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Gypsy Moth

Lymantria dispar
The story of the Gypsy Moth is quite the opposite from most of the conservation stories that I write about. Because, you see, we want to get rid of them rather than protect them.

Around 1868, an amateur entomologist from Boston named E. Leopold Trouvelot imported some Gypsy Moth larvae from France. His goal was to create a silk worm hybrid that was less susceptible to disease, but the insects got out, beginning a nearly 150 year effort to control one of North America's most dangerous invasive species.

So why are Gypsy Moths so bad? Afterall, they lived in Europe and Asia forever and didn't cause problems! Well you see, in their native lands Gypsy Moths live in balanced environments were the tree types and predatory species keep them from causing massive amounts of damage. In North America the Moths go after hard wood trees like oak and aspen, causing extensive defoliation, over a million acres a year! They affect literally hundreds of different plant species, which in turn can destroy the natural ecosystems.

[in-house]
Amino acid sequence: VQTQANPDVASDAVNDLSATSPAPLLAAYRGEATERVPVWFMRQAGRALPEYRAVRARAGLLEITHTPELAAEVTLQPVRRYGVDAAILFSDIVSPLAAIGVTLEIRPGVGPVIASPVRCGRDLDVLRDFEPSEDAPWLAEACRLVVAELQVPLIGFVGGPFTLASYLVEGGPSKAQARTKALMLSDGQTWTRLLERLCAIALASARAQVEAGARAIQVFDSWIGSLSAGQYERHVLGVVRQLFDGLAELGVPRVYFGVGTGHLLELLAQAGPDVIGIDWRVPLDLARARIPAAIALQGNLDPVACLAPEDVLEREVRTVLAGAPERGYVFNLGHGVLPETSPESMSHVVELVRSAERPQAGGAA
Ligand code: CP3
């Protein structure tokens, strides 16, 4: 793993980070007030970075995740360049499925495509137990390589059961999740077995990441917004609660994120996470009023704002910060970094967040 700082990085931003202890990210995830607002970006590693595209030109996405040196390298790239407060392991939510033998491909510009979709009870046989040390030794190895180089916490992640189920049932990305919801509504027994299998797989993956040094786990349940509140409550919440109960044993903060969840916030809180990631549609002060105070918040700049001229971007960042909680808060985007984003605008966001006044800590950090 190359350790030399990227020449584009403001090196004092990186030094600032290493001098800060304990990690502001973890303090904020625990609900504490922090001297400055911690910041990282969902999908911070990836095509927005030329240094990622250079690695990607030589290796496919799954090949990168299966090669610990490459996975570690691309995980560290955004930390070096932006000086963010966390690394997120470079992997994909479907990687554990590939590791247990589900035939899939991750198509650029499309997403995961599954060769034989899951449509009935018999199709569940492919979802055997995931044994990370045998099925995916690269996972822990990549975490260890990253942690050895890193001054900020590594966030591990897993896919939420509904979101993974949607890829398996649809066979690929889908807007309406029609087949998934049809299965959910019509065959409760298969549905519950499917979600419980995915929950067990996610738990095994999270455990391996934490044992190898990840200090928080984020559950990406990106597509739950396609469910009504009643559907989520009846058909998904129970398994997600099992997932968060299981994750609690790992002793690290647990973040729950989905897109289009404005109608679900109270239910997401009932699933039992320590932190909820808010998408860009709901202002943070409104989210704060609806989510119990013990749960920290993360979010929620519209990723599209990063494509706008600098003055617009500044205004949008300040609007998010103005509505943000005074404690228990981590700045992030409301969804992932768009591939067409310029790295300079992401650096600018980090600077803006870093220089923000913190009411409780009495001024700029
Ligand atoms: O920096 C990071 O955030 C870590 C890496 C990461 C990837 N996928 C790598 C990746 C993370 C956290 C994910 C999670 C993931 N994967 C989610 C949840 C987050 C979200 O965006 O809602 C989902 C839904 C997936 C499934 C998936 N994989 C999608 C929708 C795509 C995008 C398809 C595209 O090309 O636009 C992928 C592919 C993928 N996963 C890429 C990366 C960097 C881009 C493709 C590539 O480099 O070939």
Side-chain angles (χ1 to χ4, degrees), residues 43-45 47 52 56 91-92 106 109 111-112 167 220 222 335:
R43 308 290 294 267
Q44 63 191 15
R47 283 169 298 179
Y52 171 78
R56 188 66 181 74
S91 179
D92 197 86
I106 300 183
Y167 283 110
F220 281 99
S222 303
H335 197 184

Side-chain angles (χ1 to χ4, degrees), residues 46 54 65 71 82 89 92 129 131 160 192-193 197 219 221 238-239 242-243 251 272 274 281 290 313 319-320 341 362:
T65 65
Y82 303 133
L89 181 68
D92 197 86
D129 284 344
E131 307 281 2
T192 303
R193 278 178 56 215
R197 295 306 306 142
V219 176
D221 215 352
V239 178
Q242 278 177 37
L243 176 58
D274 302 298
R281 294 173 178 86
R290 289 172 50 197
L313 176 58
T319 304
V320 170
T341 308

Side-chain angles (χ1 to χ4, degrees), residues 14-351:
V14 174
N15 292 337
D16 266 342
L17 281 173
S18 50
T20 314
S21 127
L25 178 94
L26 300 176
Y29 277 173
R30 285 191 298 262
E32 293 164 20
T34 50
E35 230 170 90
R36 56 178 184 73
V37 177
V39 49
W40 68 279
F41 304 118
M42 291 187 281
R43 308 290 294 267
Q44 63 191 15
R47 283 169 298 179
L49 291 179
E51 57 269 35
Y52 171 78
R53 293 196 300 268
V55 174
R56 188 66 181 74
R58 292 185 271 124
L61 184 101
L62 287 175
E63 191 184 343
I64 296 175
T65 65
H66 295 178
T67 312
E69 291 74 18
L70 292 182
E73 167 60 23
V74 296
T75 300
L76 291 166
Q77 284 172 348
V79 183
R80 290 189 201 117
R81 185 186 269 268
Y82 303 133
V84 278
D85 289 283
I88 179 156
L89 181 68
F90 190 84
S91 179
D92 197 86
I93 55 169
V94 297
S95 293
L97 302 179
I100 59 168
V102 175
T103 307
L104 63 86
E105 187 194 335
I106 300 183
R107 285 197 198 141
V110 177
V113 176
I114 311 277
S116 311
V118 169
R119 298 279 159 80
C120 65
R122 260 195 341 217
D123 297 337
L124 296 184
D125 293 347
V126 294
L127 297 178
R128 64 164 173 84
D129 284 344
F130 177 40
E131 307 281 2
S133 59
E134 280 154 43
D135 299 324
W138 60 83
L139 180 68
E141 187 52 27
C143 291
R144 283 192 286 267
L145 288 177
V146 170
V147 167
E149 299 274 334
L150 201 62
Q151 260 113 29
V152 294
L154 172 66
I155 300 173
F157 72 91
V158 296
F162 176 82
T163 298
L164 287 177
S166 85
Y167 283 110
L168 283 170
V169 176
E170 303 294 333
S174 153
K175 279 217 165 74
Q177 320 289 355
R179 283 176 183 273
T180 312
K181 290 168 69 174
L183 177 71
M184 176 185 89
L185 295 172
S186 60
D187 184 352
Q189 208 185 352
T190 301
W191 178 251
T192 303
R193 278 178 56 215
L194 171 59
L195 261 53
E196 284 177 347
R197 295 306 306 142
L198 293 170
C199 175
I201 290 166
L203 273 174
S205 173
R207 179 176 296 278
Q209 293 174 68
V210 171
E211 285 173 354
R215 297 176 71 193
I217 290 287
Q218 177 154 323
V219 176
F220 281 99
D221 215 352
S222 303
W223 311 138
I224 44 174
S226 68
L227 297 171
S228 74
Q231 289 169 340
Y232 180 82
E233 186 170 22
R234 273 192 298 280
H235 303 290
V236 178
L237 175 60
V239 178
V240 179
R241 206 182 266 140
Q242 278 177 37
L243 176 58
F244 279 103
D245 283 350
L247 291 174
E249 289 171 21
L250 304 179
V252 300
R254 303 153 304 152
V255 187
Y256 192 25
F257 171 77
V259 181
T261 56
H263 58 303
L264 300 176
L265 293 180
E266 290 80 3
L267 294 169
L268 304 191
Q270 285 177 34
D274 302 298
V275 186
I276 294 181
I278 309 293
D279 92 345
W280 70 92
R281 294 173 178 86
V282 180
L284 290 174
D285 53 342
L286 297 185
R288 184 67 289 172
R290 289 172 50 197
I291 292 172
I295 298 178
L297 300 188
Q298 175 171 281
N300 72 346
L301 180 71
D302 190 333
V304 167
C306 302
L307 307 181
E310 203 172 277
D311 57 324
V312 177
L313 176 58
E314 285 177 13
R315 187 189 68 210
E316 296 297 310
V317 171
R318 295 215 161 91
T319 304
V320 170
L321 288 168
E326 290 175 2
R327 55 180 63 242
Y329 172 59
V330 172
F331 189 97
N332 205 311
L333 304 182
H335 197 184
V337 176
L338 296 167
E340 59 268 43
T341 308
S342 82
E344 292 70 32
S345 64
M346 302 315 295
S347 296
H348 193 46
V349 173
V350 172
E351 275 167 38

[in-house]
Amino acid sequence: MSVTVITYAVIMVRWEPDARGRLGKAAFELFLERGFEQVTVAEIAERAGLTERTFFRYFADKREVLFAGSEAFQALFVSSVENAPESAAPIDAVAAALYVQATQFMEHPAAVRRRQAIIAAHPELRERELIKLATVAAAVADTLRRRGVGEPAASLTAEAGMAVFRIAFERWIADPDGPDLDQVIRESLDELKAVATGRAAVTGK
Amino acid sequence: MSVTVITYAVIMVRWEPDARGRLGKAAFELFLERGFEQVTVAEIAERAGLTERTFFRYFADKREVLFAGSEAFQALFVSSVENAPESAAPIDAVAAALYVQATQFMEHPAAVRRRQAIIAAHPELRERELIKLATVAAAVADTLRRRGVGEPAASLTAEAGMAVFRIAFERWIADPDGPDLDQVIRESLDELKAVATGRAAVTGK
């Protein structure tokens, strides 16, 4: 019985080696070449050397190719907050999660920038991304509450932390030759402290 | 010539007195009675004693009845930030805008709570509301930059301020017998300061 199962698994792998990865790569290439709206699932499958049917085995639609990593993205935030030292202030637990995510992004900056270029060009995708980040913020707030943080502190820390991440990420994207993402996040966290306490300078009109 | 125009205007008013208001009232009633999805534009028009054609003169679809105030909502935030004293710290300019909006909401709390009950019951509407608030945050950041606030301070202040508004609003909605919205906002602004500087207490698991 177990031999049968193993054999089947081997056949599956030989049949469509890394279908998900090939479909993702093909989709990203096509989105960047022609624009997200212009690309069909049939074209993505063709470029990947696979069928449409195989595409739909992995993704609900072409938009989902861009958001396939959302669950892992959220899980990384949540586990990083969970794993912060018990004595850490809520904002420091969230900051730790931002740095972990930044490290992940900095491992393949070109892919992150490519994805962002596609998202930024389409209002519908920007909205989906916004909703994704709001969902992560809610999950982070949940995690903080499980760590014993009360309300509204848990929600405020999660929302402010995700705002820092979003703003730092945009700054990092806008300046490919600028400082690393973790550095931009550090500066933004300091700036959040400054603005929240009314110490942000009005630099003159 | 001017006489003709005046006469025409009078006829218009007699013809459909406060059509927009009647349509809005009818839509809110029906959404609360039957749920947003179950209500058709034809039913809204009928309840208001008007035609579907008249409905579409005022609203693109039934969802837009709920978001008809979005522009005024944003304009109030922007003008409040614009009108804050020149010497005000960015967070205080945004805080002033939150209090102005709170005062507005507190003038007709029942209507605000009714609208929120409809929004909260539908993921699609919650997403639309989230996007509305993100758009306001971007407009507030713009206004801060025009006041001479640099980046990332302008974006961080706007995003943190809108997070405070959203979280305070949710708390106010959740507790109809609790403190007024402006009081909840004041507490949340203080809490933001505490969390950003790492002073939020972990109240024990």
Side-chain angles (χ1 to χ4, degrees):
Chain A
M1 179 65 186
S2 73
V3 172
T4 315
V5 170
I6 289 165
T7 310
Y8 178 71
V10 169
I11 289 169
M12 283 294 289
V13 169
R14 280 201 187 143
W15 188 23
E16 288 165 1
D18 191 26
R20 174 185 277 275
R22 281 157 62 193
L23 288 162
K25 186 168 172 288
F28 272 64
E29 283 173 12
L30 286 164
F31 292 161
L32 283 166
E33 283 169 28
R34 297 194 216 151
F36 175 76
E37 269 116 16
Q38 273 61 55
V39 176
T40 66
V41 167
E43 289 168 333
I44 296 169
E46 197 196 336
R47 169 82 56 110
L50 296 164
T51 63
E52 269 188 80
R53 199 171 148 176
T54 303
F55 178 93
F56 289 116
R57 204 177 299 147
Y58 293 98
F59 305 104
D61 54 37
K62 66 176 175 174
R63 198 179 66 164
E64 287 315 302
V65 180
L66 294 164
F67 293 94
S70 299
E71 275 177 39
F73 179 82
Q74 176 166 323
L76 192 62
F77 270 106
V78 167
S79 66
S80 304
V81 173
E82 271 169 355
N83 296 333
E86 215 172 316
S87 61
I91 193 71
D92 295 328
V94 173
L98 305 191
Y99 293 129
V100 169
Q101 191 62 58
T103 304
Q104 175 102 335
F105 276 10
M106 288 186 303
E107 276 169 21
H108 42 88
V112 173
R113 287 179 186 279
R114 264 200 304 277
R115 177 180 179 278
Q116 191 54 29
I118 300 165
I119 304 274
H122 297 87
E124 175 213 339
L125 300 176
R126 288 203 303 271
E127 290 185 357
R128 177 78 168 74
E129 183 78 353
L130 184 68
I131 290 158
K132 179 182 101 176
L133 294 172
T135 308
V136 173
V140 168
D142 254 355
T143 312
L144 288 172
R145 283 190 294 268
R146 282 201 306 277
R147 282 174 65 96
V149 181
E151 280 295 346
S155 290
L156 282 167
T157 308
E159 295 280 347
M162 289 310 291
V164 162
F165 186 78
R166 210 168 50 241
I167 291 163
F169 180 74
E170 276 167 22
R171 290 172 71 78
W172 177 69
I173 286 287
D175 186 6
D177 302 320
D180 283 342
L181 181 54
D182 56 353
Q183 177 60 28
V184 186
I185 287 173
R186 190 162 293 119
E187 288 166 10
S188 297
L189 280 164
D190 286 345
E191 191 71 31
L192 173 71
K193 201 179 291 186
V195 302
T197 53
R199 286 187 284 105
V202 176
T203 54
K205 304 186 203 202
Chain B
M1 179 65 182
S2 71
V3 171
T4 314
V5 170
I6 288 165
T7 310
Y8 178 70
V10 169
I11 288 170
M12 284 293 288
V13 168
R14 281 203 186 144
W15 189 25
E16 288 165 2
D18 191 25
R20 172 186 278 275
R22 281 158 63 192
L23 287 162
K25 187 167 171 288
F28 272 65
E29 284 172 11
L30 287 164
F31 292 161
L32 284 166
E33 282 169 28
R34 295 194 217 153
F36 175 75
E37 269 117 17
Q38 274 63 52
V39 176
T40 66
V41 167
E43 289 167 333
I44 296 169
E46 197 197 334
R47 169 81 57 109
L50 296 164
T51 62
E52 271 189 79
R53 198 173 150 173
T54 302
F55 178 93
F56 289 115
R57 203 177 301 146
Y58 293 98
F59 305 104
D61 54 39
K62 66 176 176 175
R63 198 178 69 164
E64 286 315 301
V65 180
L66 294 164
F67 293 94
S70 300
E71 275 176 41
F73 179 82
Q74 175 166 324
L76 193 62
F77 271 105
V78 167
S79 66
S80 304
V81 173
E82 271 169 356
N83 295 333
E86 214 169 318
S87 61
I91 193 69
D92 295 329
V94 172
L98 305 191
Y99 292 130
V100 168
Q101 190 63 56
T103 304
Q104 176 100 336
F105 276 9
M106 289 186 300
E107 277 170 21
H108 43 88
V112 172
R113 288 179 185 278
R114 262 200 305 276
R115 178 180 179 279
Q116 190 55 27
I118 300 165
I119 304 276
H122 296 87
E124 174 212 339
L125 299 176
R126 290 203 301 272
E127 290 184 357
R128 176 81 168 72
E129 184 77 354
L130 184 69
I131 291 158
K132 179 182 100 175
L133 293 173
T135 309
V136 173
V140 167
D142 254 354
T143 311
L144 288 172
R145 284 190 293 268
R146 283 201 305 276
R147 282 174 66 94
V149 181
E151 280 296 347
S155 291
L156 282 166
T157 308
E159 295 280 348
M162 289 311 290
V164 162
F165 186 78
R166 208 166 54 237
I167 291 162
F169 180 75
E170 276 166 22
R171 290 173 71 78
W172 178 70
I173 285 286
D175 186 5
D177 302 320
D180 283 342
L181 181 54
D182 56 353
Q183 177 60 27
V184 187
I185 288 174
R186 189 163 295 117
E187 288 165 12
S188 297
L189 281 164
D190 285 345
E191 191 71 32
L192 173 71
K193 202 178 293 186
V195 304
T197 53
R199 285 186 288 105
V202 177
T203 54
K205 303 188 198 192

In the past 100 years about 20 different animal species have been introduced that assist in controlling the Gypsy Moth populations, including the Metallic Green Ground Beetle, and the European Starling. Native predators like small mammals and other birds also help to control the Moths, but unfortunately, they are not enough. Insecticides and diseases have also helped, but overall the population continues to spread, though some isolated groups have been successfully eradicated.

IUCN Status :  Not Listed
Location : Originally found in Europe and Asia, now invasive to North America
Size : Wing length 25-35mm
Classification : Phylum : Arthropoda -- Class : Insecta -- Order : Lepidoptera
Family : Lymantriidae -- Genus : Lymantria -- Species : L. dispar


  1. All I know is that they are a pain in the neck. Some nights there are so many fluttering around the outdoor lights. A few less of them would certainly be nice.


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